“I drove a cab,” he said. “And once, at a karaoke night, a guy from Denver asked for my autograph on something, and I learned he hung that on his office wall. Then, once when I was in the cab, I got a cell phone call, and it was that same guy. He said I was on speaker phone and would I please sing him a song. So I did. Then, I heard lots of clapping and shouting, and that’s when I learned he had about 150 people listening to me sing through that phone.”

Mark, who came for the first time and went before anyone could really get to talk with


him, sang a classic parenting song about being your son’s idol — “I’m Watching You, Dad, (now ain’t that cool.) Mark had as much, if not more stage presence, including use of his microphone. He didn’t stick around for a second song, and Diamond said that, wherever Mark came from, he hopes Mark will come back another night.

Colby, from Hugo, chose the classic John Anderson “Seminole Wind,” a touching song and one he delivered with the empathy that Anderson emits with he sings it. And yet it was unique to Colby. “You can be original when doing covers,” he said. What makes this Baraoke special for Colby? “This is where, besides church, is where I started singing in public. It’s the people and the atmosphere, it’s family, and so close to home.” Colby said his favorite style of music is gospel, and his second song was “I Believe.”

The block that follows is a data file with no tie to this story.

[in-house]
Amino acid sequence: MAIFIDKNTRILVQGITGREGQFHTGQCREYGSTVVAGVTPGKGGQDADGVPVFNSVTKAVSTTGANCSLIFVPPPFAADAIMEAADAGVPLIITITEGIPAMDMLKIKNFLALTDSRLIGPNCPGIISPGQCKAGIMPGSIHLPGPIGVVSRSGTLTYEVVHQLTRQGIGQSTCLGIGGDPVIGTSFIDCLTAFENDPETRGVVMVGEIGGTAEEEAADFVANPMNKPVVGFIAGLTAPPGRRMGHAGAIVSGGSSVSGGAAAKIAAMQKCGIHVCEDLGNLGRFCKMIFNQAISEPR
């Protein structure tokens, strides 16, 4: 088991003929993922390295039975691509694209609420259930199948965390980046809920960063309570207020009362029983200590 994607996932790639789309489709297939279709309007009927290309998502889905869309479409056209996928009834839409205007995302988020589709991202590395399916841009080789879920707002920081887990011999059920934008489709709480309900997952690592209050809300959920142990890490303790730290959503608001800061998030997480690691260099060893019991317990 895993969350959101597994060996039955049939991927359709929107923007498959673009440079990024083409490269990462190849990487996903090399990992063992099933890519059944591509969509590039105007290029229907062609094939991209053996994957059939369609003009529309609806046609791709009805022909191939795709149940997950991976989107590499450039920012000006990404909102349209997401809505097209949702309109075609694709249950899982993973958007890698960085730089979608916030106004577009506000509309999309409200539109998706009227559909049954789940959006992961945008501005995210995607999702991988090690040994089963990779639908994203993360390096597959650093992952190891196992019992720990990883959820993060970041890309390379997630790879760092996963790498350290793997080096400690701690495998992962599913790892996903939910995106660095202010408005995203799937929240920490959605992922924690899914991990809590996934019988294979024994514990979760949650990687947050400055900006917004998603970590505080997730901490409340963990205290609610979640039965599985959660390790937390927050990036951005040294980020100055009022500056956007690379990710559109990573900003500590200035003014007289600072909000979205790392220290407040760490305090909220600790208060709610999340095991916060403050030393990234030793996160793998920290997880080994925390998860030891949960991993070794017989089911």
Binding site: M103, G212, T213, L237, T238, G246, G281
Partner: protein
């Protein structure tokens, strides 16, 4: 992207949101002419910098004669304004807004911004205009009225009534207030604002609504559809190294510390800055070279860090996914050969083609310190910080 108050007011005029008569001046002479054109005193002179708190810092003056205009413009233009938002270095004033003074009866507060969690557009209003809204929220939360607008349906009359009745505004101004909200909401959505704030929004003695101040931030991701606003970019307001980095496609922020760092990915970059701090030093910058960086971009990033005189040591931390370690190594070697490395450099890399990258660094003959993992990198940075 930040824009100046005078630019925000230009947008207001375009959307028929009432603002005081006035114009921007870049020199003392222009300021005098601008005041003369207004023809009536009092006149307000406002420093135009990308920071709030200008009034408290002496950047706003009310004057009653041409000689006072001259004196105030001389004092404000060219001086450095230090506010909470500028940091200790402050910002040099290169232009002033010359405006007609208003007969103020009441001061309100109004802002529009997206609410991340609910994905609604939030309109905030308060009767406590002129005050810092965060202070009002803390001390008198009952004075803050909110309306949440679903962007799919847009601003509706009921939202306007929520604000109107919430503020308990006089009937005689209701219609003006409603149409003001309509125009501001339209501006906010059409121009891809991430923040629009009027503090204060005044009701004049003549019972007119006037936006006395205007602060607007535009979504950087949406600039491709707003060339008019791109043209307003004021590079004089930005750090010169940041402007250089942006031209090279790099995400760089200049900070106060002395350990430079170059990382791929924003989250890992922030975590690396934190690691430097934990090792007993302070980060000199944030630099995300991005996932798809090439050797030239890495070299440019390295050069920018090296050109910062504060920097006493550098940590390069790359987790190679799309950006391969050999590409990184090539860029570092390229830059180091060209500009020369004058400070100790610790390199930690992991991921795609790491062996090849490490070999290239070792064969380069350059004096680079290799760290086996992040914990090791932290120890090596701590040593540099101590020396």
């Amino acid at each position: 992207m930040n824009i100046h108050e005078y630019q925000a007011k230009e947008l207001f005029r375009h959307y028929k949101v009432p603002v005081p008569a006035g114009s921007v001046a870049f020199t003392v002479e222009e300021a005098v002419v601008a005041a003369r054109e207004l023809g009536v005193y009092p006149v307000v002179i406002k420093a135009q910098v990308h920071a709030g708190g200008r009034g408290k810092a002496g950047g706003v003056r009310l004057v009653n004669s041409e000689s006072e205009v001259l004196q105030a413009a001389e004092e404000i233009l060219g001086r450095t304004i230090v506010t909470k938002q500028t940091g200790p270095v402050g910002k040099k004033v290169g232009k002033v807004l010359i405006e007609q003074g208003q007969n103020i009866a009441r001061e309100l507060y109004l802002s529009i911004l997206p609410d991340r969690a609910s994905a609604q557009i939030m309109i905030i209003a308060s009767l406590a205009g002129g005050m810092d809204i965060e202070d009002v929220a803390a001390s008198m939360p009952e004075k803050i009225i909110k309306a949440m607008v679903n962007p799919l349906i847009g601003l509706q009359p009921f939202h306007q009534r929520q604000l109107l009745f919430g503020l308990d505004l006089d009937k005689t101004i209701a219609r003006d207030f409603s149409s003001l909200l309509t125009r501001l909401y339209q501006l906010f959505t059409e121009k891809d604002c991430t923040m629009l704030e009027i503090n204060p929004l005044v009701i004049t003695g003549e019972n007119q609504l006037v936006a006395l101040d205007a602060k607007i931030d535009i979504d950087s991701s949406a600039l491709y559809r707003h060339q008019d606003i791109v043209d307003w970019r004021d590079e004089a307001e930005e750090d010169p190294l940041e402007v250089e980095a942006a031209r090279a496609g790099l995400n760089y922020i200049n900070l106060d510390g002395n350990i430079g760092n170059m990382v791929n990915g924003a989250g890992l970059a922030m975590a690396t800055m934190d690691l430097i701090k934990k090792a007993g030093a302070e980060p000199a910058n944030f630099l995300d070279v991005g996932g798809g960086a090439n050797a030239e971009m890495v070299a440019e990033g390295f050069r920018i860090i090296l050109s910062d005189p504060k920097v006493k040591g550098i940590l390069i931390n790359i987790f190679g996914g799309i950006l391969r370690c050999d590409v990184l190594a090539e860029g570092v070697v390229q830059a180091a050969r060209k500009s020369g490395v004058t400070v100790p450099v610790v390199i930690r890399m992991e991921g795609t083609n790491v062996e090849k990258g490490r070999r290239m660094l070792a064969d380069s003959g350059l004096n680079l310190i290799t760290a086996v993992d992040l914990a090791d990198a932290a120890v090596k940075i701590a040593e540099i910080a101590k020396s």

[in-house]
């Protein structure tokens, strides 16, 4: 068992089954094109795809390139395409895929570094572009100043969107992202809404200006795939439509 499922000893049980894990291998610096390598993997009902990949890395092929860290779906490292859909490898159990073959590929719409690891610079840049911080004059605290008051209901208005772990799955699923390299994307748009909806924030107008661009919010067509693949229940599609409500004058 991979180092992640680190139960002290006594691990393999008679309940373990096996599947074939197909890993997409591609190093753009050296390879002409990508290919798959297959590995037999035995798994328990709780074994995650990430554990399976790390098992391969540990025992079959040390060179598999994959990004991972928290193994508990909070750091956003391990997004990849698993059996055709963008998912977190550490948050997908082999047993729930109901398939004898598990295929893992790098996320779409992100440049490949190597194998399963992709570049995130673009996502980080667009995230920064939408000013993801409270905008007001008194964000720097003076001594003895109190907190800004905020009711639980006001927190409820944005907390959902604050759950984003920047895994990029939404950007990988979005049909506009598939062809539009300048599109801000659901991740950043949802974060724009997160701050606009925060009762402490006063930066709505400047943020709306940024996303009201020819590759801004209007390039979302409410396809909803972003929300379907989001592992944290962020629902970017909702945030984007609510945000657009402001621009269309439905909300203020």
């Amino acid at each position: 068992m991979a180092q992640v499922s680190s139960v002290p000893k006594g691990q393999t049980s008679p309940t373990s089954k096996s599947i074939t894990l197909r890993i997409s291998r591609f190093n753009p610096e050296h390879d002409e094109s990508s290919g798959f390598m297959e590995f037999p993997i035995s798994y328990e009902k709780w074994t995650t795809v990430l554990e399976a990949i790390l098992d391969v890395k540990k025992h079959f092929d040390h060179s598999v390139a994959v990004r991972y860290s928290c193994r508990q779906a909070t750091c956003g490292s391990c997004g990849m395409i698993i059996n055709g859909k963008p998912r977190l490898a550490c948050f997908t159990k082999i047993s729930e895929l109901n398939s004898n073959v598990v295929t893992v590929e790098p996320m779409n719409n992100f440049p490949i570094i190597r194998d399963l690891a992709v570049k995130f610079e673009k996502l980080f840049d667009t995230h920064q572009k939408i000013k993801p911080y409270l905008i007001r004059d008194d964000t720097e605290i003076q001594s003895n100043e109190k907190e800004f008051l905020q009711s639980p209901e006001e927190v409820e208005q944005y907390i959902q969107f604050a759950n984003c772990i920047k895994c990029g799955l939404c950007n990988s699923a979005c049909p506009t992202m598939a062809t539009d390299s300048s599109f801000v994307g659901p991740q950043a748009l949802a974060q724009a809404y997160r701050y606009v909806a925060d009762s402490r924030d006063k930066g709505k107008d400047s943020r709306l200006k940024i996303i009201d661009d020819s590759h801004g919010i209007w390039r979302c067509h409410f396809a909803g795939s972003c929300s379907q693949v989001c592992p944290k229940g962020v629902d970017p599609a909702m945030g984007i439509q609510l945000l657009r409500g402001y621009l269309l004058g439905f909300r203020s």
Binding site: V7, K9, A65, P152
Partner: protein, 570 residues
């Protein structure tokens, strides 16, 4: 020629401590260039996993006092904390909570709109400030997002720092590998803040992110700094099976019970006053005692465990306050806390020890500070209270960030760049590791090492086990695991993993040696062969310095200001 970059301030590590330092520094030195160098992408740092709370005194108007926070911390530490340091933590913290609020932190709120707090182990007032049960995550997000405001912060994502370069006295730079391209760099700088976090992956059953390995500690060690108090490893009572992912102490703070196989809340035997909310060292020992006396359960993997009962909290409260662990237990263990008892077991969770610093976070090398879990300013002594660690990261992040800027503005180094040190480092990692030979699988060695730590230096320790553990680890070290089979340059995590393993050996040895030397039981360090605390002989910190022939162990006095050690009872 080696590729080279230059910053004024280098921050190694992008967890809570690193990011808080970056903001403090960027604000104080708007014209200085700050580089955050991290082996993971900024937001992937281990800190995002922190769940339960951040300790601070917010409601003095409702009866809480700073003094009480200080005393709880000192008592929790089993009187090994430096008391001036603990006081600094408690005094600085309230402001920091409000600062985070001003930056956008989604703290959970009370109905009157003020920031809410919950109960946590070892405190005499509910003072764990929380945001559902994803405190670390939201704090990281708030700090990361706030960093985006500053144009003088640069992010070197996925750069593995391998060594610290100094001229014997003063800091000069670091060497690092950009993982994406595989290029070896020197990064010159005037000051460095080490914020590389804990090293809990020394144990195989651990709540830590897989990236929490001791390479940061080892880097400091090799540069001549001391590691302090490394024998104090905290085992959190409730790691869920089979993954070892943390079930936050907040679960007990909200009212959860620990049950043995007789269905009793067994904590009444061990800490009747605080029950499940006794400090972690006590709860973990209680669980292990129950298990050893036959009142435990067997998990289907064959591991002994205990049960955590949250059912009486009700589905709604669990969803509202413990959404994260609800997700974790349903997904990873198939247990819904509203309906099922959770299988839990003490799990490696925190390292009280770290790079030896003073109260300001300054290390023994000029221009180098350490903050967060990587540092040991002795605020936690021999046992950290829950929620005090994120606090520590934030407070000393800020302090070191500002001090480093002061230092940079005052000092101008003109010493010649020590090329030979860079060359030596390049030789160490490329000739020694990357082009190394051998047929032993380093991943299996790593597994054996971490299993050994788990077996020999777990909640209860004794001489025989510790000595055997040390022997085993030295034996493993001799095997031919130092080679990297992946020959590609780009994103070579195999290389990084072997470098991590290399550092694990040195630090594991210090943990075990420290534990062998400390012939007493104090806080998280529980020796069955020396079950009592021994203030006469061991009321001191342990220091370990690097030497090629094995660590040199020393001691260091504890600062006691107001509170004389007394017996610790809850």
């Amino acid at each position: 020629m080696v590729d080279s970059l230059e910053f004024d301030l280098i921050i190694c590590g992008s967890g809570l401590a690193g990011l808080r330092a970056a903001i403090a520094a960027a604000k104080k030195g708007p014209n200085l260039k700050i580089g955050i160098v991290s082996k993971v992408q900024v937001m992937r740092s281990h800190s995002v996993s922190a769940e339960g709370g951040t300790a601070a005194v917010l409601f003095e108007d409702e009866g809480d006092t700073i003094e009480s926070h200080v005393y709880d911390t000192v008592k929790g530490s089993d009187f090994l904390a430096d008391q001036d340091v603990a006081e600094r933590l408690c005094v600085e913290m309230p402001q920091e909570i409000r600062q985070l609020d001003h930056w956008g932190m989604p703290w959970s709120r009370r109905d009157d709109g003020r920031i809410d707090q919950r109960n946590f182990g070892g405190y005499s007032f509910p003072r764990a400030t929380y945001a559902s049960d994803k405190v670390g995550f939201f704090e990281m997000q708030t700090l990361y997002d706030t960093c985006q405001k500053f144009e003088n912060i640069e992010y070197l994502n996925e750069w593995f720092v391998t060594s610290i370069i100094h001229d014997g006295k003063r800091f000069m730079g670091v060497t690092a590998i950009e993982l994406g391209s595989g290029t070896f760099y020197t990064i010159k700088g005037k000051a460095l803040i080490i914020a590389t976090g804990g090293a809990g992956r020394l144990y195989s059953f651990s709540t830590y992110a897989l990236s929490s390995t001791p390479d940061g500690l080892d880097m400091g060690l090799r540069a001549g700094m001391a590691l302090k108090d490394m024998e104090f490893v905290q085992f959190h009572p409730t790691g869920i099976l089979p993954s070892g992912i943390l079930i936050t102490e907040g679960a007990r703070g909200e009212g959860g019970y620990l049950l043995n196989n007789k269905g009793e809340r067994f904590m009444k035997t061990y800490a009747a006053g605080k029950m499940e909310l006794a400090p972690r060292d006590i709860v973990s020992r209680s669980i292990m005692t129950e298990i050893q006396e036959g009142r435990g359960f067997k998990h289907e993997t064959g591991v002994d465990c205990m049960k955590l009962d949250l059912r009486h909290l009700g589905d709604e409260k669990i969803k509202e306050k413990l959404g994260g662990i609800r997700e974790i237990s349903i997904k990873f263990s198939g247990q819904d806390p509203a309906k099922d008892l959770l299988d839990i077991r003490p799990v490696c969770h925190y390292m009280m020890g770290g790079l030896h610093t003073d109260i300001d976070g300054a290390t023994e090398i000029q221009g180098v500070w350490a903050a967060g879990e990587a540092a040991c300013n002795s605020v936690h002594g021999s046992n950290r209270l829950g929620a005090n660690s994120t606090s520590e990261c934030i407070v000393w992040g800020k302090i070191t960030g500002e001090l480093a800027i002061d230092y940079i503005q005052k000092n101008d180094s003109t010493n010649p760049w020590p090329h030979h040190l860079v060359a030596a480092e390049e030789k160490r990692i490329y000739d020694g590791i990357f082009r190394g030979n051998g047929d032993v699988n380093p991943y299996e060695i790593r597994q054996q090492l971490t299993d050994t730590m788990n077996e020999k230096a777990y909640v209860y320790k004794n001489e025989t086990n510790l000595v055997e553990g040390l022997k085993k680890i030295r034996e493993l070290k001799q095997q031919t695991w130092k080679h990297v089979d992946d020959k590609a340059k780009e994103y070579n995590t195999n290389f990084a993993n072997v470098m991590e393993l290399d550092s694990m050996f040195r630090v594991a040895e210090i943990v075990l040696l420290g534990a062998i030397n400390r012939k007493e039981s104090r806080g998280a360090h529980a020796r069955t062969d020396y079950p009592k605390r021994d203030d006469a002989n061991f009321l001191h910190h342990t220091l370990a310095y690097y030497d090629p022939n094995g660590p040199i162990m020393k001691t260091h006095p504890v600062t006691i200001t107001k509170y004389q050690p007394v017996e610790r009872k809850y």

“The reason I started singing at all,” Colby said, “is that when I was 12 years old, I had cancer in my throat. Doctors told me I would never be able to talk, and that gave me a reason to defy. I started singing. The cancer has been gone a while now and the doctors said I really “pulled off a good ‘un.”

And Rossi, from Paris also, said she usually does the same songs, but started out that

night with “Daddy’s Hands.” A divorcee, she’s used this as a social tool to meet people and get on with her life. “I’ve been singing for about seven years. It’s funk, and the camaraderie here is awesome. The regulars, well, some are not that much fun, but most are. And here, we can break the monotony of the week.”

Rossie added, “And I love Barry’s style. He’s so personable, and makes you feel like a rock star.”

Diamond said he discovered that’s important to the singers, that it helps them, even the shyer ones, get up on the little stage and sing their hearts out. He gives each one a grand introduction and a grand thank you, asking the room to clap also. And the room does.


Diamond also said that not everybody comes here to sing. Some — usually family and friends, but also others — come to watch. “And there’s the one couple,” he said as he pointed to the back of the room, “who comes to dance.” The couple was up on their makeshift dance floor — the aisles — most of the time.

Oh, yeah… each singer over the age of 18 receives two drawing tickets and at the night, they stir the tickets up in a bingo-style wheel and draw two. Those two people receive $100 each.

Johnny B. said he was tickled when he won $100 — “Finally, someone paid me for singing,” he laughed.